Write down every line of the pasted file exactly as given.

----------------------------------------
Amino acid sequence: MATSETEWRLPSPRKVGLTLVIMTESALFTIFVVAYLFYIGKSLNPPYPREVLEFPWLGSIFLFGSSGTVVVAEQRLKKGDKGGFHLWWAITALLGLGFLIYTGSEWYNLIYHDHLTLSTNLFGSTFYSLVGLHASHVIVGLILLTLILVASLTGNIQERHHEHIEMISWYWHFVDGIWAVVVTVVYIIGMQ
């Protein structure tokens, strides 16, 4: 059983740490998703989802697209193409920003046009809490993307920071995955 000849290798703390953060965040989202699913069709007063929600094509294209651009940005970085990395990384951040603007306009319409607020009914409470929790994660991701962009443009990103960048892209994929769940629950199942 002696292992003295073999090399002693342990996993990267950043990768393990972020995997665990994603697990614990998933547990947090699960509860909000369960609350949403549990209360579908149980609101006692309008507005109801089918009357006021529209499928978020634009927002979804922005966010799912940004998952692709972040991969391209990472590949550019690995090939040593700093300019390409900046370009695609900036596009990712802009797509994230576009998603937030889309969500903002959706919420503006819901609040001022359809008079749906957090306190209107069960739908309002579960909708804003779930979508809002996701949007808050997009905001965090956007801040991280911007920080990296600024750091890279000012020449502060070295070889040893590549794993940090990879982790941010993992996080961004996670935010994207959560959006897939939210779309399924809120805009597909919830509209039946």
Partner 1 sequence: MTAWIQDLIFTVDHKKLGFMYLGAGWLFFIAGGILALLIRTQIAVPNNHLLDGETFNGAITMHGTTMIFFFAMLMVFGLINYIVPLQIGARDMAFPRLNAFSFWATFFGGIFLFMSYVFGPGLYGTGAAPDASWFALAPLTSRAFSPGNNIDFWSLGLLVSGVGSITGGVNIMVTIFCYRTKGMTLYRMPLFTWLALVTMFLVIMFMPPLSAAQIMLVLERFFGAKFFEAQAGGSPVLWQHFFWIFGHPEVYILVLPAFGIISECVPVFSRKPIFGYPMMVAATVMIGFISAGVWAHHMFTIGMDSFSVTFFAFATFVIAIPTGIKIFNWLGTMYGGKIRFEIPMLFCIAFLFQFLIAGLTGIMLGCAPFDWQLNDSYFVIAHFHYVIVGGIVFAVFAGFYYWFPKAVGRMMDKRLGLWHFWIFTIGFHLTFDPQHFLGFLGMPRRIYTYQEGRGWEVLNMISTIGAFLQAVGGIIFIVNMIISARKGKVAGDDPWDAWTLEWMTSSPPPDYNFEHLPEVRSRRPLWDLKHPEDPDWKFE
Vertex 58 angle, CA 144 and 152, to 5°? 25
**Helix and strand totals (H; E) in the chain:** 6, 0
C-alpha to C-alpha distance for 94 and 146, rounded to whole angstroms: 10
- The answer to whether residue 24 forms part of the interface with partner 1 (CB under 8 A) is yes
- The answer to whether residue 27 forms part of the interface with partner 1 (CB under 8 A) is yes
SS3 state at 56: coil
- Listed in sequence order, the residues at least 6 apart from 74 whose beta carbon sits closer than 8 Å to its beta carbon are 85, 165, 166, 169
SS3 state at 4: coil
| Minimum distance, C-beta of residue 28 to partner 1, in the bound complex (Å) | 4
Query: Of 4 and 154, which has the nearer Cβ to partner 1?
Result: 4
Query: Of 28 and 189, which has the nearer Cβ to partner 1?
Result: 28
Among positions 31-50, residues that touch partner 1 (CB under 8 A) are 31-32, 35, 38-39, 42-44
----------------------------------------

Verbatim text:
Amino acid sequence: MATSETEWRLPSPRKVGLTLVIMTESALFTIFVVAYLFYIGKSLNPPYPREVLEFPWLGSIFLFGSSGTVVVAEQRLKKGDKGGFHLWWAITALLGLGFLIYTGSEWYNLIYHDHLTLSTNLFGSTFYSLVGLHASHVIVGLILLTLILVASLTGNIQERHHEHIEMISWYWHFVDGIWAVVVTVVYIIGMQ
């Protein structure tokens, strides 16, 4: 059983740490998703989802697209193409920003046009809490993307920071995955 000849290798703390953060965040989202699913069709007063929600094509294209651009940005970085990395990384951040603007306009319409607020009914409470929790994660991701962009443009990103960048892209994929769940629950199942 002696292992003295073999090399002693342990996993990267950043990768393990972020995997665990994603697990614990998933547990947090699960509860909000369960609350949403549990209360579908149980609101006692309008507005109801089918009357006021529209499928978020634009927002979804922005966010799912940004998952692709972040991969391209990472590949550019690995090939040593700093300019390409900046370009695609900036596009990712802009797509994230576009998603937030889309969500903002959706919420503006819901609040001022359809008079749906957090306190209107069960739908309002579960909708804003779930979508809002996701949007808050997009905001965090956007801040991280911007920080990296600024750091890279000012020449502060070295070889040893590549794993940090990879982790941010993992996080961004996670935010994207959560959006897939939210779309399924809120805009597909919830509209039946």
Partner 1 sequence: MTAWIQDLIFTVDHKKLGFMYLGAGWLFFIAGGILALLIRTQIAVPNNHLLDGETFNGAITMHGTTMIFFFAMLMVFGLINYIVPLQIGARDMAFPRLNAFSFWATFFGGIFLFMSYVFGPGLYGTGAAPDASWFALAPLTSRAFSPGNNIDFWSLGLLVSGVGSITGGVNIMVTIFCYRTKGMTLYRMPLFTWLALVTMFLVIMFMPPLSAAQIMLVLERFFGAKFFEAQAGGSPVLWQHFFWIFGHPEVYILVLPAFGIISECVPVFSRKPIFGYPMMVAATVMIGFISAGVWAHHMFTIGMDSFSVTFFAFATFVIAIPTGIKIFNWLGTMYGGKIRFEIPMLFCIAFLFQFLIAGLTGIMLGCAPFDWQLNDSYFVIAHFHYVIVGGIVFAVFAGFYYWFPKAVGRMMDKRLGLWHFWIFTIGFHLTFDPQHFLGFLGMPRRIYTYQEGRGWEVLNMISTIGAFLQAVGGIIFIVNMIISARKGKVAGDDPWDAWTLEWMTSSPPPDYNFEHLPEVRSRRPLWDLKHPEDPDWKFE
Vertex 58 angle, CA 144 and 152, to 5°? 25
**Helix and strand totals (H; E) in the chain:** 6, 0
C-alpha to C-alpha distance for 94 and 146, rounded to whole angstroms: 10
- The answer to whether residue 24 forms part of the interface with partner 1 (CB under 8 A) is yes
- The answer to whether residue 27 forms part of the interface with partner 1 (CB under 8 A) is yes
SS3 state at 56: coil
- Listed in sequence order, the residues at least 6 apart from 74 whose beta carbon sits closer than 8 Å to its beta carbon are 85, 165, 166, 169
SS3 state at 4: coil
| Minimum distance, C-beta of residue 28 to partner 1, in the bound complex (Å) | 4
Query: Of 4 and 154, which has the nearer Cβ to partner 1?
Result: 4
Query: Of 28 and 189, which has the nearer Cβ to partner 1?
Result: 28
Among positions 31-50, residues that touch partner 1 (CB under 8 A) are 31-32, 35, 38-39, 42-44